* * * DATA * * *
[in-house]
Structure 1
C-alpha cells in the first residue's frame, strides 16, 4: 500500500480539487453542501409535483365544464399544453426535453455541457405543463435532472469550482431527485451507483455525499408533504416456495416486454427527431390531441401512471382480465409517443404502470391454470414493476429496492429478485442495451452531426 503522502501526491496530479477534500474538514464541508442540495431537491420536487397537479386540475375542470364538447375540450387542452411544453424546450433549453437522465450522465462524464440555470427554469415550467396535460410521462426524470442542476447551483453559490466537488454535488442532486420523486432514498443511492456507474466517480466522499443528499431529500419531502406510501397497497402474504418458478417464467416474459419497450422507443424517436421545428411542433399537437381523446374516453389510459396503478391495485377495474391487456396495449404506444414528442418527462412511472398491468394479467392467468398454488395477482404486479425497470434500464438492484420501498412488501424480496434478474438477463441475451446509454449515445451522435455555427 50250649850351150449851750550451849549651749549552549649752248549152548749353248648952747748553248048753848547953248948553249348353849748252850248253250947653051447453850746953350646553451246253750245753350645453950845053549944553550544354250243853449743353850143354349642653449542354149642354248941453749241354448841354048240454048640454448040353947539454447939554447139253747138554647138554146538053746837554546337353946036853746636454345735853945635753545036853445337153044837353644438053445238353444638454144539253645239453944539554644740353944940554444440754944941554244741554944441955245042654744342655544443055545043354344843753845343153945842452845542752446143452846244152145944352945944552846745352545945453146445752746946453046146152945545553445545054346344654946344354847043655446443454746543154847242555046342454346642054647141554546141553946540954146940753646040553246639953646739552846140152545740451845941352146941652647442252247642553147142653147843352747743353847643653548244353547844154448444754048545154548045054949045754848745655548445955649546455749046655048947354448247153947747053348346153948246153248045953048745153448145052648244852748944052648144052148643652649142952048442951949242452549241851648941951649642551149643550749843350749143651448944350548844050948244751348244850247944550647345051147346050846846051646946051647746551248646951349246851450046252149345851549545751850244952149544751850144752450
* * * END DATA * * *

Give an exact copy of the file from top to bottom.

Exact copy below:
[in-house]
Structure 1
C-alpha cells in the first residue's frame, strides 16, 4: 500500500480539487453542501409535483365544464399544453426535453455541457405543463435532472469550482431527485451507483455525499408533504416456495416486454427527431390531441401512471382480465409517443404502470391454470414493476429496492429478485442495451452531426 503522502501526491496530479477534500474538514464541508442540495431537491420536487397537479386540475375542470364538447375540450387542452411544453424546450433549453437522465450522465462524464440555470427554469415550467396535460410521462426524470442542476447551483453559490466537488454535488442532486420523486432514498443511492456507474466517480466522499443528499431529500419531502406510501397497497402474504418458478417464467416474459419497450422507443424517436421545428411542433399537437381523446374516453389510459396503478391495485377495474391487456396495449404506444414528442418527462412511472398491468394479467392467468398454488395477482404486479425497470434500464438492484420501498412488501424480496434478474438477463441475451446509454449515445451522435455555427 50250649850351150449851750550451849549651749549552549649752248549152548749353248648952747748553248048753848547953248948553249348353849748252850248253250947653051447453850746953350646553451246253750245753350645453950845053549944553550544354250243853449743353850143354349642653449542354149642354248941453749241354448841354048240454048640454448040353947539454447939554447139253747138554647138554146538053746837554546337353946036853746636454345735853945635753545036853445337153044837353644438053445238353444638454144539253645239453944539554644740353944940554444440754944941554244741554944441955245042654744342655544443055545043354344843753845343153945842452845542752446143452846244152145944352945944552846745352545945453146445752746946453046146152945545553445545054346344654946344354847043655446443454746543154847242555046342454346642054647141554546141553946540954146940753646040553246639953646739552846140152545740451845941352146941652647442252247642553147142653147843352747743353847643653548244353547844154448444754048545154548045054949045754848745655548445955649546455749046655048947354448247153947747053348346153948246153248045953048745153448145052648244852748944052648144052148643652649142952048442951949242452549241851648941951649642551149643550749843350749143651448944350548844050948244751348244850247944550647345051147346050846846051646946051647746551248646951349246851450046252149345851549545751850244952149544751850144752450